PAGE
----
Build a Reader-Centric Online Experience

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One of the misconceptions of online businesses about their website is that as soon as it is launched it must start getting the right traffic. Well, this approach is not a good one and may even backfire. Why? This is because one must think of their website as an online portal to share information to their target and potential audience at the right time.

This also means that a website is not a mere decorative business itinerary laid out to grab eyeballs. It is much more than that. Your website must be informative, entertaining and interesting. It must offer the best content it can to anyone and everyone across. It must put your customer in the same shoes as yours.

A website must have a relatable personality and speak the language of its audience. Only when a visitor finds something valuable will they stick to the website for a longer time and take the right actions.

A website is your business card. An elaborate one though, that which invites the users and guides them to take the right actions. In this process benefitting the business and the user, alike, without being distracted.

The thumb rule says, a website must be reader-friendly. If a user visits a website to read its content and simply to learn more; then he/she must be able to do just that without being asked to sign up/login or bombarded with numerous ads/pop ups/side bars. Such an experience creates disinterest and annoyance in the user and he/she may abandon the website, sometimes forever.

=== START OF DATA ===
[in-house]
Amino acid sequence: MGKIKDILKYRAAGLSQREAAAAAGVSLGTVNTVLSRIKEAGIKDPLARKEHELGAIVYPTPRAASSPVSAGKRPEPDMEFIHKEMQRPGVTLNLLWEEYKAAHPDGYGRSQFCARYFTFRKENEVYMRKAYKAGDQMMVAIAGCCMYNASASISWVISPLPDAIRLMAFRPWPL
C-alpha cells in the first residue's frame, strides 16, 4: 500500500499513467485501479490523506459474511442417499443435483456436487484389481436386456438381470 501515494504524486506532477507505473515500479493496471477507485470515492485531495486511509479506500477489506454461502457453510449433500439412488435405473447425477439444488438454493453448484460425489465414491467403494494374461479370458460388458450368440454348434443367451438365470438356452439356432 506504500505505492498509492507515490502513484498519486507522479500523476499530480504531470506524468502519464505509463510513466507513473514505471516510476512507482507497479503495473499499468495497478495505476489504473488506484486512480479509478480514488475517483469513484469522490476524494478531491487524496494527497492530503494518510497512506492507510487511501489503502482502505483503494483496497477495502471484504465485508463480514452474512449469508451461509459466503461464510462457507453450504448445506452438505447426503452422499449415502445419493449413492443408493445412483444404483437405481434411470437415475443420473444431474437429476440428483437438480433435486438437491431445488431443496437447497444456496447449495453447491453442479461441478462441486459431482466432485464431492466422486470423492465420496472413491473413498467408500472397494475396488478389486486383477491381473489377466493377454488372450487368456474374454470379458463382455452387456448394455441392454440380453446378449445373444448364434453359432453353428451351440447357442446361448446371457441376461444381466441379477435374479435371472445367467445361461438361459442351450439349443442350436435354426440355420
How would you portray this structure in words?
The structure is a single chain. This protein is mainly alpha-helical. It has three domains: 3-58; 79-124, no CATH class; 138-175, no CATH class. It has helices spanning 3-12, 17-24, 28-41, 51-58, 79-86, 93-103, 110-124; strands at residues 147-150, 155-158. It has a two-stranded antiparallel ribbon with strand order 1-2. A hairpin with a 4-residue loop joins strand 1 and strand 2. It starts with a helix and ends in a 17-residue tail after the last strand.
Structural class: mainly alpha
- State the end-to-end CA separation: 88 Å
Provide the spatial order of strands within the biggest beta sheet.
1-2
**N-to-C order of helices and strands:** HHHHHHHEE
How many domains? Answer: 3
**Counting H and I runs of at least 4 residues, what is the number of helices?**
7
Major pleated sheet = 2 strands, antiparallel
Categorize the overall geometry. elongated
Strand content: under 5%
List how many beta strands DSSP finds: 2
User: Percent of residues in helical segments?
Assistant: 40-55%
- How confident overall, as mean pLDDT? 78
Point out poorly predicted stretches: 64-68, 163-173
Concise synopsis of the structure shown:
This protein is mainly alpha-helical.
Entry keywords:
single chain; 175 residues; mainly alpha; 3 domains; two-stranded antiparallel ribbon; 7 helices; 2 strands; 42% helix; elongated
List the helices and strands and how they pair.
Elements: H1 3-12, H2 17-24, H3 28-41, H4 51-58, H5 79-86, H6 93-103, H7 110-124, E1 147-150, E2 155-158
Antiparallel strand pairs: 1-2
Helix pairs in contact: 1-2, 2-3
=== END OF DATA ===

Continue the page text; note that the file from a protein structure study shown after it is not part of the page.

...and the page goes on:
The idea is to create valuable content — for every reader. Only then will the user be willing to stay on and take the next step.

For instance, when a user clicks a link of an article say from Twitter or LinkedIn just to be able to read that article, they must be able to do just that, without being asked for subscription offers or flooded with author profiles/bios. Over-promotion not only kills the interest of the reader but leads to a bad online experience and zero profits, in the long run.

So, how to offer a reader-centric online experience?

  • Keep it simple. Use an easy to grasp title with less or preferable no SEO keyword stuffing
  • Offer insightful content set in a column with optimal number of characters (a CPL of 50–70 for an ideal experience set in a well-space typeface.
  • Indicate clearly what a reader can do or where to go to after he/she finishes reading the article. Such as share, read more, subscribe for similar articles.

And nothing much.

Do not worry about your subscriber list, mailing list, likes or shares on your social media platforms. Trust me, these are secondary.

Focus on serving your online readers the best and unique content and rest will automatically follow. Build trust by offering a clean and quick user experience to ensure interested readers keep coming back to you for more.

One of the apt and best example of an interesting reader centric blog is — The Educational Initiatives Blog

By Hemang Mehta — Graphic Designer/Social Media Editor (Member of Marketing Team)


Originally published at on January 4, 2016.

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